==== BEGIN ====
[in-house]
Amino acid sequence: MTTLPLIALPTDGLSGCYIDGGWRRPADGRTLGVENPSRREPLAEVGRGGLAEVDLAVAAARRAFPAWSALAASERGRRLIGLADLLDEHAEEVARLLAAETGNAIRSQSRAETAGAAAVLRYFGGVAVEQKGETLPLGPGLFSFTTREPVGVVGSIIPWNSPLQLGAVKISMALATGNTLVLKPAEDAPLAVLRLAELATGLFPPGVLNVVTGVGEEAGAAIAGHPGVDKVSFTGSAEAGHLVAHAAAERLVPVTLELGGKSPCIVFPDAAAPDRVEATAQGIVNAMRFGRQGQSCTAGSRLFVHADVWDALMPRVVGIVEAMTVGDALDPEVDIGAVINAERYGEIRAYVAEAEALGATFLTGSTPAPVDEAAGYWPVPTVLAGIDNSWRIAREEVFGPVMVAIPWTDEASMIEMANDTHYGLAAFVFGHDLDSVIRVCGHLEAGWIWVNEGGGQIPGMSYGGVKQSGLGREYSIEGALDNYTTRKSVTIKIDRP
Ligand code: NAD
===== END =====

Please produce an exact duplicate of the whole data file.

[in-house]
Amino acid sequence: MTTLPLIALPTDGLSGCYIDGGWRRPADGRTLGVENPSRREPLAEVGRGGLAEVDLAVAAARRAFPAWSALAASERGRRLIGLADLLDEHAEEVARLLAAETGNAIRSQSRAETAGAAAVLRYFGGVAVEQKGETLPLGPGLFSFTTREPVGVVGSIIPWNSPLQLGAVKISMALATGNTLVLKPAEDAPLAVLRLAELATGLFPPGVLNVVTGVGEEAGAAIAGHPGVDKVSFTGSAEAGHLVAHAAAERLVPVTLELGGKSPCIVFPDAAAPDRVEATAQGIVNAMRFGRQGQSCTAGSRLFVHADVWDALMPRVVGIVEAMTVGDALDPEVDIGAVINAERYGEIRAYVAEAEALGATFLTGSTPAPVDEAAGYWPVPTVLAGIDNSWRIAREEVFGPVMVAIPWTDEASMIEMANDTHYGLAAFVFGHDLDSVIRVCGHLEAGWIWVNEGGGQIPGMSYGGVKQSGLGREYSIEGALDNYTTRKSVTIKIDRP
Ligand code: NAD